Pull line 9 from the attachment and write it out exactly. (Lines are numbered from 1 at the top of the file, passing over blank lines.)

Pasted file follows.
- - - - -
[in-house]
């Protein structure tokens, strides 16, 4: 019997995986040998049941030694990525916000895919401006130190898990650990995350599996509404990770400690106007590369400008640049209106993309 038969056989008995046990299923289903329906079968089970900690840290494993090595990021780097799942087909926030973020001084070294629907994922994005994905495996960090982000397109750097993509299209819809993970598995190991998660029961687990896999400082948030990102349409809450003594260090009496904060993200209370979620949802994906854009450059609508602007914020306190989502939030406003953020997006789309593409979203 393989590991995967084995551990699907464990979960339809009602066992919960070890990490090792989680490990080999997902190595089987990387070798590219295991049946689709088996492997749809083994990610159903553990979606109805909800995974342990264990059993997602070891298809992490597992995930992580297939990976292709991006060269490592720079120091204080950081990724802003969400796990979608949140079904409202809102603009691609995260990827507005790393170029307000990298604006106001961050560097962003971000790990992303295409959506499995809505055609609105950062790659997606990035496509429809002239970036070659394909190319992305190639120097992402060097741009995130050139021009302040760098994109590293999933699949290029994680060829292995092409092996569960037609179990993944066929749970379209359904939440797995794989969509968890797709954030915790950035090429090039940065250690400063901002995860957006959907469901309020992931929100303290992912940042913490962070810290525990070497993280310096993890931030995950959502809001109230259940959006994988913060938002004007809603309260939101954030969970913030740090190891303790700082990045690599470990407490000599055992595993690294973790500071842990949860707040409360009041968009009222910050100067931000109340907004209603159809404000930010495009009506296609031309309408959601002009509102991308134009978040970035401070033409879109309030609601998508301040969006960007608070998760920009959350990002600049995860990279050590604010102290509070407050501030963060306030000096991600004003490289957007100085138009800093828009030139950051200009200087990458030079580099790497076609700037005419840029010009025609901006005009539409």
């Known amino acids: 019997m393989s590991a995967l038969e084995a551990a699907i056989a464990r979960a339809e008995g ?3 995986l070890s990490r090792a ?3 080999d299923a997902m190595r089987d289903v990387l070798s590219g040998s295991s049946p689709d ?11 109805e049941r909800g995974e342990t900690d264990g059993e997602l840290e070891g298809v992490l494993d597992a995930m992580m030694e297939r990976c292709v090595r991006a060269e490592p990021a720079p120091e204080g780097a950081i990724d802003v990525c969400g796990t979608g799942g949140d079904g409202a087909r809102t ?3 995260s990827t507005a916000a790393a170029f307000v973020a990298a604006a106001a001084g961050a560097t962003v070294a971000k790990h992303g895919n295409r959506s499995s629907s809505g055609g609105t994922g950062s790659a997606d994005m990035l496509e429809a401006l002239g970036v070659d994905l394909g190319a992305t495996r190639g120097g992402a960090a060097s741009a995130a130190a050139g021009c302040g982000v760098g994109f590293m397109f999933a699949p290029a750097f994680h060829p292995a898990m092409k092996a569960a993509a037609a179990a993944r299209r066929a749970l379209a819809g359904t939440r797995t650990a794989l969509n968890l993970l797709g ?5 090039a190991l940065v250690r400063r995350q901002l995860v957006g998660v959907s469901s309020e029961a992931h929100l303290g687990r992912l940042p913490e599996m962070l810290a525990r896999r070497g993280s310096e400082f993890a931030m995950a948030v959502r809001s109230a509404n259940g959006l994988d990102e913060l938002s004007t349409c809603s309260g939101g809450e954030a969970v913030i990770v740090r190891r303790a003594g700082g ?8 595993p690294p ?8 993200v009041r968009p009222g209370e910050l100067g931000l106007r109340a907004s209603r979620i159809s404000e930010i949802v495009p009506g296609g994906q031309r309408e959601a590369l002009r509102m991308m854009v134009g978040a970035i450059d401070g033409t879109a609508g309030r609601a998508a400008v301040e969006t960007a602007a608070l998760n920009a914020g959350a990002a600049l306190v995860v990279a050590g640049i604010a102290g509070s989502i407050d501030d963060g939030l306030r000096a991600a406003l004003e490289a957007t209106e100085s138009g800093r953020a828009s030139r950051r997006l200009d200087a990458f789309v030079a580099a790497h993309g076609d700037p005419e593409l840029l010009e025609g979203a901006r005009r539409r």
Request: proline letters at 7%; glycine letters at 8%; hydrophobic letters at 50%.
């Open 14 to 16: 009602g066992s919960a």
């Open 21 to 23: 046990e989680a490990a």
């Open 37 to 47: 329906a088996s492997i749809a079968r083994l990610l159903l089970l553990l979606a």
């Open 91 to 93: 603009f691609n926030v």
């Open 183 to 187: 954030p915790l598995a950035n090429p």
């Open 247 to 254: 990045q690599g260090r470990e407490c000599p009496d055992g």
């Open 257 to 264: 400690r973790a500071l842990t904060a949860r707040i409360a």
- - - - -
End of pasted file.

């Open 183 to 187: 954030p915790l598995a950035n090429p």